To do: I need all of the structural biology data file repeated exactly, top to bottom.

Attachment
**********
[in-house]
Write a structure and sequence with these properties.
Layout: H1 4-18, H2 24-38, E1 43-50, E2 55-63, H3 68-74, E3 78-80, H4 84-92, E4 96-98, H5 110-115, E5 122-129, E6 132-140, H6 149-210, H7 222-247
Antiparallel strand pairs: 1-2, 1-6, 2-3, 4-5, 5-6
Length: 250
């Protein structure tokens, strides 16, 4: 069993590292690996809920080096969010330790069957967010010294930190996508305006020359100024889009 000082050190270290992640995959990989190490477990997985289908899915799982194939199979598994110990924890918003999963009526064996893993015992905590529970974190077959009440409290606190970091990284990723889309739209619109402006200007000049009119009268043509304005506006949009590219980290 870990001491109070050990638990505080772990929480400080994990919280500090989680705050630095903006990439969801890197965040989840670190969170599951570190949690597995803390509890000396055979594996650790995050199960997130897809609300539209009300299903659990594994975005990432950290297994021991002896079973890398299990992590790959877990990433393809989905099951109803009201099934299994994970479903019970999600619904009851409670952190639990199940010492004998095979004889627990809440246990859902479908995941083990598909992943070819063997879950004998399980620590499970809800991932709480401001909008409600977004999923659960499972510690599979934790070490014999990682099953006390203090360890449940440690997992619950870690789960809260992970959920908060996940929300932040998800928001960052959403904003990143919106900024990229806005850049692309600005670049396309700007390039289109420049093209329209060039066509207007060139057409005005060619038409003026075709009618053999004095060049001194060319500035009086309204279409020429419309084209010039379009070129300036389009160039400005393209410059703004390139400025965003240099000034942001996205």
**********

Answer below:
[in-house]
Write a structure and sequence with these properties.
Layout: H1 4-18, H2 24-38, E1 43-50, E2 55-63, H3 68-74, E3 78-80, H4 84-92, E4 96-98, H5 110-115, E5 122-129, E6 132-140, H6 149-210, H7 222-247
Antiparallel strand pairs: 1-2, 1-6, 2-3, 4-5, 5-6
Length: 250
């Protein structure tokens, strides 16, 4: 069993590292690996809920080096969010330790069957967010010294930190996508305006020359100024889009 000082050190270290992640995959990989190490477990997985289908899915799982194939199979598994110990924890918003999963009526064996893993015992905590529970974190077959009440409290606190970091990284990723889309739209619109402006200007000049009119009268043509304005506006949009590219980290 870990001491109070050990638990505080772990929480400080994990919280500090989680705050630095903006990439969801890197965040989840670190969170599951570190949690597995803390509890000396055979594996650790995050199960997130897809609300539209009300299903659990594994975005990432950290297994021991002896079973890398299990992590790959877990990433393809989905099951109803009201099934299994994970479903019970999600619904009851409670952190639990199940010492004998095979004889627990809440246990859902479908995941083990598909992943070819063997879950004998399980620590499970809800991932709480401001909008409600977004999923659960499972510690599979934790070490014999990682099953006390203090360890449940440690997992619950870690789960809260992970959920908060996940929300932040998800928001960052959403904003990143919106900024990229806005850049692309600005670049396309700007390039289109420049093209329209060039066509207007060139057409005005060619038409003026075709009618053999004095060049001194060319500035009086309204279409020429419309084209010039379009070129300036389009160039400005393209410059703004390139400025965003240099000034942001996205």